In Ontario, the rules of the road are dictated by the Highway Traffic Act (HTA). It was first introduced in 1923 to deal with increasing accidents as motor vehicles became more popular. There have obviously been many new versions of the HTA, but hidden within new laws about cellphones and speed limits, there are some perhaps outdated, and other strange traffic laws that we bet you didn’t know existed.
- When you’re driving your sleigh, there is a certain number of bells that must be attached. 77 (1) – Every person travelling on a highway with a sleigh or sled drawn by a horse or other animal shall have at least two bells attached to the harness or to the sleigh or sled in such a manner as to give ample warning sound.
- You’re not allowed to horse race, especially not furiously: 173 – No person shall race or drive furiously any horse or other animal on a highway.
- You cannot tow toboggans, or a sled, or a skateboard or anything really. 160 – No driver of a vehicle or street car shall permit any person riding, riding on or operating a bicycle, coaster, toboggan, sled, skateboard, toy vehicle or any other type of conveyance or wearing roller skates, in-line skates or skis to attach the same, himself or herself to the vehicle or street car on a highway. So you can forget about tying your in laws to the roof on those long road trips.
- School buses only! 175 (3) – No part of a bus, except a bus that at any time during its current validation period is used to transport children or to transport adults who have developmental disabilities, shall be painted chrome yellow.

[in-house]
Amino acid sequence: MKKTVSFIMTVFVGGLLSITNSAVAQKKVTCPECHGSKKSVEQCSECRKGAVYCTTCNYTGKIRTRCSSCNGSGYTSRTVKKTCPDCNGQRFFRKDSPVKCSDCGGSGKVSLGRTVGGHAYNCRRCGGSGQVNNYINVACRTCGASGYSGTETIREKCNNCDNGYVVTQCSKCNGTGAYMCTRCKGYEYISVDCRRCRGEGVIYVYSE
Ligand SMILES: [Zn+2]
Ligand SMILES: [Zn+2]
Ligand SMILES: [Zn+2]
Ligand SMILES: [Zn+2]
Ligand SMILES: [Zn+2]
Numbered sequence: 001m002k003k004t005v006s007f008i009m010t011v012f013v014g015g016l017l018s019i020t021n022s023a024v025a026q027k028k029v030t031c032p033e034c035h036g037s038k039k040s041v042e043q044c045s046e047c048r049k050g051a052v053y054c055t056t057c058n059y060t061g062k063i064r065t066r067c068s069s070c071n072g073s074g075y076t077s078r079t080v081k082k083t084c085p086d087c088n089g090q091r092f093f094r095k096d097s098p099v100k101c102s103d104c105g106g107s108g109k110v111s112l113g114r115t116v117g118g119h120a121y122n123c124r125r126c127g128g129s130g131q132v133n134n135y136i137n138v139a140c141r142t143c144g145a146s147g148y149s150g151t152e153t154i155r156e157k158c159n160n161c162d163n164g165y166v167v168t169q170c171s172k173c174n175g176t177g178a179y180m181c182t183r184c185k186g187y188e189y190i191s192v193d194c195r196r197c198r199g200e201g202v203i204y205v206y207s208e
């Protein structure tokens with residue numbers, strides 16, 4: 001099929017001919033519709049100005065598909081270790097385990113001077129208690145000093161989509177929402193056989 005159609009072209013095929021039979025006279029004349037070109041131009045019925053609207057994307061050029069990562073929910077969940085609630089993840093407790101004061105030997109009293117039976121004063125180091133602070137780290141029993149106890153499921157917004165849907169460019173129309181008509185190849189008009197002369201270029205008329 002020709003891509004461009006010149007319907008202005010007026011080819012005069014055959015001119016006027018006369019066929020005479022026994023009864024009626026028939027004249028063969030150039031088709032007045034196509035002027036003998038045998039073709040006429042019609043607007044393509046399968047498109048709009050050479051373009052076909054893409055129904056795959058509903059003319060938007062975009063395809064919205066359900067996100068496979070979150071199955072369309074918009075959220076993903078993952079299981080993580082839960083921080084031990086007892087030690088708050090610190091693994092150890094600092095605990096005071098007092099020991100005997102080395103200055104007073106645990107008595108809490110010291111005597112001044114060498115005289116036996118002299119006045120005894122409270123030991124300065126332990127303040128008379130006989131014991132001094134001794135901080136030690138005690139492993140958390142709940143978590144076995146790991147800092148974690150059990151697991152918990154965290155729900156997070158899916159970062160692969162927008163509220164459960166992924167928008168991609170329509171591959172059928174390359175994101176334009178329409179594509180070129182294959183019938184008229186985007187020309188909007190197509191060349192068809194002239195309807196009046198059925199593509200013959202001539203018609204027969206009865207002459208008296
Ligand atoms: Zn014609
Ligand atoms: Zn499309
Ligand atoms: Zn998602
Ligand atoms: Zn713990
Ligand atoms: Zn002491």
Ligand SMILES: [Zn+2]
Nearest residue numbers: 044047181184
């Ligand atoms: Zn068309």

- If it’s not tandem, it’s not kosher: 160 – No person riding or operating a bicycle designed for carrying one person only shall carry any other person thereon.
Contrary to popular belief, here are a couple of things that are legal in Ontario:
- Driving barefoot: There is no section in the HTA that says you can’t drive barefoot! If you want your piggies to be free, then go for it, or if you want to drive in your new six inch stilettos, that’s also okay. But if your footwear or lack of it causes you to drive recklessly or causes an accident, then you could get a traffic fine for careless driving.
- Ontario is the only province where it is not illegal to cross the solid lines on the highway. The solid line means only that it may be unsafe to pass. It is meant as an advisory or warning. If you pass and get in an accident, however, then you can be charged.
- You don’t need a driver’s licence to drive a vehicle – on private property, that is. The HTA doesn’t apply to private property so you can drive a car, an 18 wheeler, whatever you like on private property. However, don’t think you can get away scot free just because you’re not on a highway. The Criminal Code of Canada still applies, and you can be charged with dangerous operation of a vehicle, impaired driving and failing to remain at an accident, no matter where you are driving.
Every situation is different. Remember you have a right to fight your ticket. At Bulwark Legal Services we provide free consultations. You can go to our website and send us a copy of your ticket. If you’re not sure how to fight a traffic ticket, we are.